It came, as he knew it inevitably would, from Judas. There was, he said, a delicate matter to now consider. They were all glad that the old man had survived – dying from an infected hernia would have been a terrible way to go for the saviour of Country and Empire – but the Party – the Party – had to consider its position. The Socialists were beginning to flag, their policies becoming more and more controversial to the public, and it would only need a few more things to go against them to tip the balance in the Party’s favour come 1950. Changes, Judas said, were needed. Both within the Party and at the top. Changes. Even for him the language was circumspect, but the old man had known his acolyte for years and could read him easily. He wanted to be Leader – to be the man who toppled the Lion from his position of dominance. The old man railed at this, finally unleashing some of the bitterness and anger that had been building up since being hospitalised. He was fine, his health was fine, he would show them all. He could still campaign, still make a better speech in his current condition than any of them could at their peak, still hit the Socialists where it hurt.
He was pleased to see that some of the old fire was still with him, and all of the men in grey seemed to flinch or turn away slightly at this. But they would not be deterred – obviously this has been planned for some time – and the attacks continued, becoming more blatant and threatening now. The Committee had been sounded out – not officially, of course, but there had been enough talks in private over drinks and dinner to suggest broad support for their position. The old man laughed at this – the backbenchers would follow whoever was Leader, he retorted. Perhaps, Appeaser agreed, but only a Leader who they could be confident would have a chance of toppling their opponents in three years’ time. That struck a blow: for the first time, the old man faltered. Randolph sallied out again in another bid to save his father, launching a blistering attack that hurled forth accusations that included phrases like disloyalty and treachery, which ended in him fleeing the field in a blaze of barely-controlled anger and pursued by his brother-in-law.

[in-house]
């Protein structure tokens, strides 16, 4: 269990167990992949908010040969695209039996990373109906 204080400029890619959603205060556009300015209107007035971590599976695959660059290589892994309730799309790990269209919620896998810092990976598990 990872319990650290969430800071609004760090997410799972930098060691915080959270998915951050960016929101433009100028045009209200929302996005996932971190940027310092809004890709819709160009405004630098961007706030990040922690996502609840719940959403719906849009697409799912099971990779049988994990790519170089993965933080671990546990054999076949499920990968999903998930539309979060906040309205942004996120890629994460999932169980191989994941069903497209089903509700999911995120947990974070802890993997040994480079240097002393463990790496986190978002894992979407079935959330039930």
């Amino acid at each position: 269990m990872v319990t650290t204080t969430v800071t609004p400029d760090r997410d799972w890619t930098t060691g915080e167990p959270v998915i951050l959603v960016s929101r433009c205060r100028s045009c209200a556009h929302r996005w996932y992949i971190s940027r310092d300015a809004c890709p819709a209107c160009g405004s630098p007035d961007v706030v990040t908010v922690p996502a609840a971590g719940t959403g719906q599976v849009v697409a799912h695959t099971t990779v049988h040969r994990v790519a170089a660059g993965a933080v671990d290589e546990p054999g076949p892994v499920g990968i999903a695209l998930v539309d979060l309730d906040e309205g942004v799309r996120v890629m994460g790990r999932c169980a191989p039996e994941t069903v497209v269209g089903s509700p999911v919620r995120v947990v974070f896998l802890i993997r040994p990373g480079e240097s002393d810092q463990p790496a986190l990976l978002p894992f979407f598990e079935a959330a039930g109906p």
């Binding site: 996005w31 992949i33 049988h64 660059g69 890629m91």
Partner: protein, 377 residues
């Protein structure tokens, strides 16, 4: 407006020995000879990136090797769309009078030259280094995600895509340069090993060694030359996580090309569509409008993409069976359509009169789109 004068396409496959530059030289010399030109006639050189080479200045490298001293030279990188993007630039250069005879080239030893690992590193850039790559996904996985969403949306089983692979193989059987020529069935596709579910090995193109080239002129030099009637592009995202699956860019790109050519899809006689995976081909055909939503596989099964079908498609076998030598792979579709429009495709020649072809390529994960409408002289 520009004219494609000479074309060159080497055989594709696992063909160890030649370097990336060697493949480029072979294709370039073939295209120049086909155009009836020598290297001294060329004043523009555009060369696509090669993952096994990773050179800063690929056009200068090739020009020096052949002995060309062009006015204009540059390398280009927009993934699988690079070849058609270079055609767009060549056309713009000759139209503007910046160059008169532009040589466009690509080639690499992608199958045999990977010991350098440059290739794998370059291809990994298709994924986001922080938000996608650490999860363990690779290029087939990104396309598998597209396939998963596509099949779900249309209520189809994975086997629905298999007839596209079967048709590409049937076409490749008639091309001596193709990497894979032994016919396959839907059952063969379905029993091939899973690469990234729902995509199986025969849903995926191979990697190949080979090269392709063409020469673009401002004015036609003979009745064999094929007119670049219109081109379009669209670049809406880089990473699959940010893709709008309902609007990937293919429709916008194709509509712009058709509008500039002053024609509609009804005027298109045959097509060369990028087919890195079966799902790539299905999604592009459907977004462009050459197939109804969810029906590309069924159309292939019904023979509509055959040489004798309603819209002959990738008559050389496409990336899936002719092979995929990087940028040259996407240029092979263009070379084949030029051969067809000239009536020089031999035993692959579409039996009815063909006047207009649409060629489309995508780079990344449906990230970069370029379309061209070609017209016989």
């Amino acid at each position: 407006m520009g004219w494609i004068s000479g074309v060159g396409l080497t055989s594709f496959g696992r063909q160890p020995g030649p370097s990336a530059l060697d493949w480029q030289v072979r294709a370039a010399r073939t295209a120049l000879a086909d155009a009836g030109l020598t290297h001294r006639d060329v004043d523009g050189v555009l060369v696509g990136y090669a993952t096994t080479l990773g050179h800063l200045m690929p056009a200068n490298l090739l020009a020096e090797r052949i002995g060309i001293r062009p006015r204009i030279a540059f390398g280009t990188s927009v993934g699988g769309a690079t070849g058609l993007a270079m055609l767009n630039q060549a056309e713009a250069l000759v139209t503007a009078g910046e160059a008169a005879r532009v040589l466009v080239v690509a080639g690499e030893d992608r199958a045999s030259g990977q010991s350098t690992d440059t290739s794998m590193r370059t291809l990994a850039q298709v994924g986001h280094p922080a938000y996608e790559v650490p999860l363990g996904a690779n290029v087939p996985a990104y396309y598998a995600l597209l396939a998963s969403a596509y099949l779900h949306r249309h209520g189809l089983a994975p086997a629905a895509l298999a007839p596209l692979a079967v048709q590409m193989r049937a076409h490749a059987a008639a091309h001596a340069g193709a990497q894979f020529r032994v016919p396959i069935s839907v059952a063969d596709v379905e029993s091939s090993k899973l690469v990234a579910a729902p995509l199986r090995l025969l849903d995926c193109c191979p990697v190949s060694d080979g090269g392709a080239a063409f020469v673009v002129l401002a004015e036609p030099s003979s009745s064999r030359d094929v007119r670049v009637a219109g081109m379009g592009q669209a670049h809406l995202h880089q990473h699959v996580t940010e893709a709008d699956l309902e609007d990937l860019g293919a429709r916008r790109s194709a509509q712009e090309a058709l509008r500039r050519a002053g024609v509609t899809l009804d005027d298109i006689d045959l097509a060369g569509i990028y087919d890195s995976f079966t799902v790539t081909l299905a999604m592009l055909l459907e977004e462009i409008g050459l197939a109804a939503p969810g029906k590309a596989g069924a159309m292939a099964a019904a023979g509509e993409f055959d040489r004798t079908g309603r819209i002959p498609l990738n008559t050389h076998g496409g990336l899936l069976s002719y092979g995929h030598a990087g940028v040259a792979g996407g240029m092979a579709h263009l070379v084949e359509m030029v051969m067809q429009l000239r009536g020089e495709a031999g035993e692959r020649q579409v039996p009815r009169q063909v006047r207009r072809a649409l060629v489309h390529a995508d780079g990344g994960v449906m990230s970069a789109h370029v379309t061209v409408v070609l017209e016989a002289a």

Used to the mercurial behaviour of the old man’s son, Judas only paused long enough for the shouting and oaths to fade away before renewing the argument. First had come the stick, and now the carrot: if the old man were to stand down – in the name of Party Unit of course, and remaining as one of its most senior and important figures, then any portfolio short of the premiership was his for the asking. Chancellor again, or perhaps the Home Office? Or even, queried the Tanned Man, the Foreign Office? That tempted the old man, if only for a second: residency in Carlton Gardens had been the only major Cabinet position that he had held in his long career, and as such had a certain glamour to it. He turned slightly to look at his wife, querying her with one of those looks that can only evolve over a long and intimate relationship with someone. He could see the fire in her eyes and took heart from it, rallying slightly.